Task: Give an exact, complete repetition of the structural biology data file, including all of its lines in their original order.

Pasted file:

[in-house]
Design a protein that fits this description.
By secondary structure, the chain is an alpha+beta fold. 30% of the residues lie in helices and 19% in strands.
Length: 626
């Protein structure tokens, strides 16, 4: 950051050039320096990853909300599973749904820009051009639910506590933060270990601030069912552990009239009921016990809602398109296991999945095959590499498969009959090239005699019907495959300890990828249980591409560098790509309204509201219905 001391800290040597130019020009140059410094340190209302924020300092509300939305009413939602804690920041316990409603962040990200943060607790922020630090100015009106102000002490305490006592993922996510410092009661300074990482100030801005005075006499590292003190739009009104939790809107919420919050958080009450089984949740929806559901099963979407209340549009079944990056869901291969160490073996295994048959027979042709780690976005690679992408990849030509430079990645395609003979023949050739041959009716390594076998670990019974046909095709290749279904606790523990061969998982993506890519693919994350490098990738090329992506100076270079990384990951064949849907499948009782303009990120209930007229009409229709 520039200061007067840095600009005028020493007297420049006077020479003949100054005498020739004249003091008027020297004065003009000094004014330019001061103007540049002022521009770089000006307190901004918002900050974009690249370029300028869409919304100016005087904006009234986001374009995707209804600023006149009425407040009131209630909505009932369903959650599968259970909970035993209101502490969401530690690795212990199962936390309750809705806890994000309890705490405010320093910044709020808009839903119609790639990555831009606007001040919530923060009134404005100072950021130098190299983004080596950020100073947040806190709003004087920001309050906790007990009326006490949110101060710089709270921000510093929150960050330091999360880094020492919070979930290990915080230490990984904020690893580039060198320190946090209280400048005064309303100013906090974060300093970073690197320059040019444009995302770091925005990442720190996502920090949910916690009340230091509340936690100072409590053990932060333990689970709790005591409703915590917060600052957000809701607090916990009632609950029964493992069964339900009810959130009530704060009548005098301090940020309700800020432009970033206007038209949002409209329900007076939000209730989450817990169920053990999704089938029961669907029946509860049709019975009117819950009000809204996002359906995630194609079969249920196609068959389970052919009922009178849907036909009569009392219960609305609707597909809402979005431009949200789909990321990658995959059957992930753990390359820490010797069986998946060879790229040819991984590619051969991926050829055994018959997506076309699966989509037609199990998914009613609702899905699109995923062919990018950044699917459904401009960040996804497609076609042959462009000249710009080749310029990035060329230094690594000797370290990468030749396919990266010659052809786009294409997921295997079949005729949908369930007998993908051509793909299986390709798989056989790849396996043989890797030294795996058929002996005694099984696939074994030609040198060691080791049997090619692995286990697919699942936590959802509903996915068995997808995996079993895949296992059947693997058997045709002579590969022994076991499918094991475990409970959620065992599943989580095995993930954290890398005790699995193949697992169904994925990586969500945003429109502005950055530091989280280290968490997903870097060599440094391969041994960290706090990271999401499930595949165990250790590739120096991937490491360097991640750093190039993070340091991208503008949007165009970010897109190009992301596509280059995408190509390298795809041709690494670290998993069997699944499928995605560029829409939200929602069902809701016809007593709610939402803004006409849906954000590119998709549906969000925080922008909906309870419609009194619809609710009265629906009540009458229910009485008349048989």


[in-house]
Design a protein that fits this description.
By secondary structure, the chain is an alpha+beta fold. 30% of the residues lie in helices and 19% in strands.
Length: 626
């Protein structure tokens, strides 16, 4: 950051050039320096990853909300599973749904820009051009639910506590933060270990601030069912552990009239009921016990809602398109296991999945095959590499498969009959090239005699019907495959300890990828249980591409560098790509309204509201219905 001391800290040597130019020009140059410094340190209302924020300092509300939305009413939602804690920041316990409603962040990200943060607790922020630090100015009106102000002490305490006592993922996510410092009661300074990482100030801005005075006499590292003190739009009104939790809107919420919050958080009450089984949740929806559901099963979407209340549009079944990056869901291969160490073996295994048959027979042709780690976005690679992408990849030509430079990645395609003979023949050739041959009716390594076998670990019974046909095709290749279904606790523990061969998982993506890519693919994350490098990738090329992506100076270079990384990951064949849907499948009782303009990120209930007229009409229709 520039200061007067840095600009005028020493007297420049006077020479003949100054005498020739004249003091008027020297004065003009000094004014330019001061103007540049002022521009770089000006307190901004918002900050974009690249370029300028869409919304100016005087904006009234986001374009995707209804600023006149009425407040009131209630909505009932369903959650599968259970909970035993209101502490969401530690690795212990199962936390309750809705806890994000309890705490405010320093910044709020808009839903119609790639990555831009606007001040919530923060009134404005100072950021130098190299983004080596950020100073947040806190709003004087920001309050906790007990009326006490949110101060710089709270921000510093929150960050330091999360880094020492919070979930290990915080230490990984904020690893580039060198320190946090209280400048005064309303100013906090974060300093970073690197320059040019444009995302770091925005990442720190996502920090949910916690009340230091509340936690100072409590053990932060333990689970709790005591409703915590917060600052957000809701607090916990009632609950029964493992069964339900009810959130009530704060009548005098301090940020309700800020432009970033206007038209949002409209329900007076939000209730989450817990169920053990999704089938029961669907029946509860049709019975009117819950009000809204996002359906995630194609079969249920196609068959389970052919009922009178849907036909009569009392219960609305609707597909809402979005431009949200789909990321990658995959059957992930753990390359820490010797069986998946060879790229040819991984590619051969991926050829055994018959997506076309699966989509037609199990998914009613609702899905699109995923062919990018950044699917459904401009960040996804497609076609042959462009000249710009080749310029990035060329230094690594000797370290990468030749396919990266010659052809786009294409997921295997079949005729949908369930007998993908051509793909299986390709798989056989790849396996043989890797030294795996058929002996005694099984696939074994030609040198060691080791049997090619692995286990697919699942936590959802509903996915068995997808995996079993895949296992059947693997058997045709002579590969022994076991499918094991475990409970959620065992599943989580095995993930954290890398005790699995193949697992169904994925990586969500945003429109502005950055530091989280280290968490997903870097060599440094391969041994960290706090990271999401499930595949165990250790590739120096991937490491360097991640750093190039993070340091991208503008949007165009970010897109190009992301596509280059995408190509390298795809041709690494670290998993069997699944499928995605560029829409939200929602069902809701016809007593709610939402803004006409849906954000590119998709549906969000925080922008909906309870419609009194619809609710009265629906009540009458229910009485008349048989």